Yesterday (August 2), Bitfinex suffered a security breach resulting in the theft of 119,756 BTC (65 million USD), according to Zane Tackett, Director of Community & Product Development for Bitfinex.

As the hack continues to be investigated, many are jumping to conclusions on what really happened. Bitfinex is accused of failing to have offline storage. BitGo, a multisig Bitcoin wallet, did not provide better security. The list goes on and on.

The new accusations are based on policies. Regulations designed by the United States Commodity Futures Trading Commission (CFTC) are said to have prevented the exchange from securing funds in cold storage. 

On June 2, the CFTC fined Bitfinex $75,000 for, “offering illegal off-exchange financed retail commodity transactions in bitcoin and other cryptocurrencies and for failing to register as a Futures Commission Merchant (FCM).” The CFTC issued an order stating Bitfinex had failed to deliver funds to traders, and held them in wallets they controlled.

This statement has users believing this kept the China-based exchange from using their own secure offline or cold storage. Keeping funds offline prevents any hackers from accessing your funds or account.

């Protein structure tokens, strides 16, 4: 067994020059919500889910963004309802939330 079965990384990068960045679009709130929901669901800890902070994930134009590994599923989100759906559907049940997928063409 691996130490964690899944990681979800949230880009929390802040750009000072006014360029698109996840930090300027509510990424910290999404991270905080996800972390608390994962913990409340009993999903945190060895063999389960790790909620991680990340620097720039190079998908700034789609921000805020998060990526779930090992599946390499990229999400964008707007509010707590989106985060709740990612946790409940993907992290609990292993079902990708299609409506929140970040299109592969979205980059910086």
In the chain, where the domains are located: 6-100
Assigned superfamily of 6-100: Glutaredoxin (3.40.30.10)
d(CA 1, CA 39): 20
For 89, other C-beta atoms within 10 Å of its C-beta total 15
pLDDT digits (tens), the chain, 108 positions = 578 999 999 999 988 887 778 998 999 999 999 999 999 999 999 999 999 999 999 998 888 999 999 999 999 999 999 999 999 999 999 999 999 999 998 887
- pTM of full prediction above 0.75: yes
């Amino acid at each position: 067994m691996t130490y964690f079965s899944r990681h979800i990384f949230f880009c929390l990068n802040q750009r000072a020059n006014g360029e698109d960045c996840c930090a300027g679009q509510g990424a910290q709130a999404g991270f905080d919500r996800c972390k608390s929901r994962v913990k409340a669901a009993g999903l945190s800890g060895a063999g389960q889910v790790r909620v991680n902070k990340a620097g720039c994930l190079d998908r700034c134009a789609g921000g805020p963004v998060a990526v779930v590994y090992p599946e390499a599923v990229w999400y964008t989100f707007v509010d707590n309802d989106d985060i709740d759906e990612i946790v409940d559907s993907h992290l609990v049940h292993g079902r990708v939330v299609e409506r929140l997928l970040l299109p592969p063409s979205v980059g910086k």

The funds stolen were taken from bitcoin wallets, leading some to believe this theory. If Bitfinex had its own cold storage, the hack could have been prevented.

However, the wallets were under the multi-signature security of BitGo. Though BitGo has stated their servers were not compromised, many are still skeptical on how this theft occurred. For one, BitGo launched BitGo Instant which provides faster transactions with zero confirmations. This new feature has lead many to believe the hacker was able to steal funds without being detected.

Tackett, who has been answering questions on Reddit, briefly mentioned a possible overlook of security practices: 

“There were a number of security practices that were in place to make this the most secure, yet transparent way of securing funds and we used the company that prides itself and specializes in bitcoin storage,” he said. “How these practices were bypassed, we're still investigating.”

All we know right now is there was a theft of almost 120,000 BTC. On the other hand, the question of how is not going to end any time soon.

Danielle Meegan

Danielle Meegan is a writer at ETHNews who is based in Los Angeles, though she is a native of New Hampshire. Danielle has been published in a couple of magazines and newspapers throughout the years covering sports and entertainment. Danielle has dabbled with multiple virtual currency exchanges to understand the ins and outs of trading. As of right now, Danielle has invested in over 15 different virtual currencies, including Ether. Read More
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